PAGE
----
Brash Games Forcibly Changed Review Scores, Gets Removed From OpenCritic
OpenCritic
(Last Updated On: April 11, 2017)

OpenCritic, the video game review aggregator, conducted an investigation into Brash Games following reports of the site removing the author bylines and being accused of forcibly having changed the review scores against the wishes of the original authors. OpenCritic found Brash Games guilty of the accusations and their content has been removed from the OpenCritic database.

In a 12-page PDF report published on April 10th, 2017, OpenCritic details how they began an investigation into Brash Games after receiving reports about review scores being altered post-publication on the site as well as some author bylines being removed from articles published on Brash Games.

The investigation started at the end of March and recently concluded this past April.

After interviewing multiple former and current writers at Brash Games, they received multiple testimonies and evidence from the writers – including screenshots, archives and e-mail exchanges – revealing that Brash Games had indeed forcibly changed review scores for select games, giving them higher scores than what the original authors had intended for them to have.

Brash Games owner, Paul Ryan, had written to OpenCritic, stating that the authorship change was due to accounts being deleted from “disgruntled” ex-writers and that the score changes happened because the writers didn’t know how to implement them correctly, writing…

“The scores are added as images and it quite common for reviewers to upload the incorrect score and or not include a score at all as they write for several sites, some of which do not use ratings. If you type Rating 5 in the box for instance all 10 rating show up so this is maybe what you are referring to. As a rule disgruntled ex-employees are just that, those who were let go for consitantly failing to meet deadlines, those who accepted numerous codes without reviewing them and those dismissed for plagiarism make for unreliable witnesses in court, especially when they were let go by other sites too. Any user accounts deleted were done so in accordance with the terms and conditions of the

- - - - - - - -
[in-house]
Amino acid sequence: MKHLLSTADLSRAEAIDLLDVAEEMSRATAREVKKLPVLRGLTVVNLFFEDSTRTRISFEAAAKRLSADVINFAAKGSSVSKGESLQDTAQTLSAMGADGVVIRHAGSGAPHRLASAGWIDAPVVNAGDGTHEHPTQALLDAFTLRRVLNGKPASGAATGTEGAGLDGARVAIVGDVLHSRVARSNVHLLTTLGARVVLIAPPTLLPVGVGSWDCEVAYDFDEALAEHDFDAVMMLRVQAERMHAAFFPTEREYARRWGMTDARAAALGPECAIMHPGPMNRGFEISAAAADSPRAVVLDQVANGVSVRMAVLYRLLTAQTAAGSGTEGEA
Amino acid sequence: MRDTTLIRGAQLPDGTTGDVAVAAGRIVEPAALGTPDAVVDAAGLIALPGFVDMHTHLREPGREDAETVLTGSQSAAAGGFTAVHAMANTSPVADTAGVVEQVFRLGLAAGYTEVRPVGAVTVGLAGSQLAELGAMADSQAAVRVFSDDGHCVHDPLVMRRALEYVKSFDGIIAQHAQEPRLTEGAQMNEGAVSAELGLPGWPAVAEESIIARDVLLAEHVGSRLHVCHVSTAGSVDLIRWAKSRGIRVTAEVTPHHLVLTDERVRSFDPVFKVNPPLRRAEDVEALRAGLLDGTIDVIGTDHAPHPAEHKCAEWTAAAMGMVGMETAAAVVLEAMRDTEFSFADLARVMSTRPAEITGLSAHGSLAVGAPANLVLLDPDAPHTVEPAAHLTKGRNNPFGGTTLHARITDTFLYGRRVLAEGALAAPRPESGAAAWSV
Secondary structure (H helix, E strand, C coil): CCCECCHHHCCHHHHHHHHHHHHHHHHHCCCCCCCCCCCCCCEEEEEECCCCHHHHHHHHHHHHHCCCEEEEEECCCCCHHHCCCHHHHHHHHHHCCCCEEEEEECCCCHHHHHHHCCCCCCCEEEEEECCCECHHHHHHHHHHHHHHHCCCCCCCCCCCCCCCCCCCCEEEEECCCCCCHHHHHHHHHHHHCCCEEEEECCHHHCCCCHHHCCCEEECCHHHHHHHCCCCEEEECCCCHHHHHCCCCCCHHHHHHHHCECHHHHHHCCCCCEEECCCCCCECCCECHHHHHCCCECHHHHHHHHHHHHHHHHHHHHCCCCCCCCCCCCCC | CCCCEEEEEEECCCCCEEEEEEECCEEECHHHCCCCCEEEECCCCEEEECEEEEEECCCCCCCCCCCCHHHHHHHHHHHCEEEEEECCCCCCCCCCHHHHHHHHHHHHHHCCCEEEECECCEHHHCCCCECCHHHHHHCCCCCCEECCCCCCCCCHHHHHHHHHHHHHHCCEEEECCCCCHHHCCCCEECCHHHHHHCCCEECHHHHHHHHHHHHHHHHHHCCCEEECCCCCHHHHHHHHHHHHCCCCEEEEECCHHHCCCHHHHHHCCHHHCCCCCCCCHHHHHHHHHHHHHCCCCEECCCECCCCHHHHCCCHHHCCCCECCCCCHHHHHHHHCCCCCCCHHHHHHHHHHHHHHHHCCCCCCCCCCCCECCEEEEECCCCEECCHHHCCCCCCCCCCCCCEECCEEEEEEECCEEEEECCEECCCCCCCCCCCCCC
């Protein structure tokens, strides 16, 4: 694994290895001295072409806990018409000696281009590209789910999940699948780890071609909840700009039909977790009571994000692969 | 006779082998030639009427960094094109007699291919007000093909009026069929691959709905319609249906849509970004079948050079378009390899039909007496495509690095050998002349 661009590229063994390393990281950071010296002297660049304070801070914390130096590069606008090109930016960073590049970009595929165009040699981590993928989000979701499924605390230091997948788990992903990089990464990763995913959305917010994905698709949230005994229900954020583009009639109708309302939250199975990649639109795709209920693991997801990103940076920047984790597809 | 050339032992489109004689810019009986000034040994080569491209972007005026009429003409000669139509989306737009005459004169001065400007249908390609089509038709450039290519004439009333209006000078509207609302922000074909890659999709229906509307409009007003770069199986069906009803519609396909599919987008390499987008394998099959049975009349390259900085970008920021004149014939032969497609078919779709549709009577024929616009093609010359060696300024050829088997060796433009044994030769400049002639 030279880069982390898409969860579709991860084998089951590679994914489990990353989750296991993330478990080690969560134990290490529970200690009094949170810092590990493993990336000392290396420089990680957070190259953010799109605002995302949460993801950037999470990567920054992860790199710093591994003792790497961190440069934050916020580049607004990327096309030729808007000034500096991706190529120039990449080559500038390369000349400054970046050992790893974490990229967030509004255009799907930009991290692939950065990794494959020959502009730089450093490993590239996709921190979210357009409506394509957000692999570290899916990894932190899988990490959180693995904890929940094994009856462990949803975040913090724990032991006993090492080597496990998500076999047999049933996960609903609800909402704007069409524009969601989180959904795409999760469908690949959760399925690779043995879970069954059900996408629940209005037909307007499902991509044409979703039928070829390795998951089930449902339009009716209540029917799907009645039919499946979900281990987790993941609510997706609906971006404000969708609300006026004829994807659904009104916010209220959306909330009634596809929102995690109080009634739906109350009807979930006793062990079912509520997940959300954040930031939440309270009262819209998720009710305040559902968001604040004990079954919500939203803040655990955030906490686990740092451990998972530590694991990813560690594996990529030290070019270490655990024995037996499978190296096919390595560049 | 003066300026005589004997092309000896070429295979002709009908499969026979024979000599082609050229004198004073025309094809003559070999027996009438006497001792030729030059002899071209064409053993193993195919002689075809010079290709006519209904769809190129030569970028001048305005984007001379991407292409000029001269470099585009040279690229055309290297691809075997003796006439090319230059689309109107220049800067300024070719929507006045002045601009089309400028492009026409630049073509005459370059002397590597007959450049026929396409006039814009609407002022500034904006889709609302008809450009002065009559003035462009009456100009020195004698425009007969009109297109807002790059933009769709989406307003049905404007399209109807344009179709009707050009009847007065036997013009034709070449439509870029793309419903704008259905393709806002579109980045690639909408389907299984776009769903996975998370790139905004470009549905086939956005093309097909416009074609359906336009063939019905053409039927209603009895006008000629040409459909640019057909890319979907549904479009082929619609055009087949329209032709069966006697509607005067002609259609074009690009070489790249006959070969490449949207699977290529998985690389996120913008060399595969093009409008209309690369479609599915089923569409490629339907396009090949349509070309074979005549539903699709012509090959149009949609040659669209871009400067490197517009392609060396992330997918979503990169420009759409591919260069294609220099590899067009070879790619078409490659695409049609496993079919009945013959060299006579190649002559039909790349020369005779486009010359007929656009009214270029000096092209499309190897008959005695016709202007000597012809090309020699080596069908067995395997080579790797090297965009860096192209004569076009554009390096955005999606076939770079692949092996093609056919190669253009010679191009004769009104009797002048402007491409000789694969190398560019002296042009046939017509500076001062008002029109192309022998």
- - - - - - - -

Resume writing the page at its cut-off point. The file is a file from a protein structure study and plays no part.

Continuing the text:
website. …[sic]”

However, according to the OpenCritic investigation, there were seven different games that had their review scores altered. Each of the authors presented screenshots and e-mail exchanges where they either objected to the review scores being raised or were told that the scores were going to be raised.

It also turns out that there were even more scores on games that were altered beyond what OpenCritic knew about. One of Brash Games’ writers who wished to remain anonymous noted that multiple reviews had their scores altered and raised in order to fit in line with other review averages, with the writer stating…

“A couple of my scores were definitely changed, yes. I don’t remember which ones specifically, but it happened on more than one occasion without me even being consulted.

 

“Yes, for sure. I was asked why my score was as low as it was, when the Metacritic average was a bit above. My score was changed, though I was never asked to rewrite the review to reflect that higher score.”

Some of the authors tried to republish their work elsewhere after their review scores were forcibly altered and their names removed from the byline.

However, the report also details how Brash Games owner Paul Ryan filed fake DMCA claims in order to prevent ex-authors from republishing their work elsewhere, after they had their credits removed from their work on Brash Games.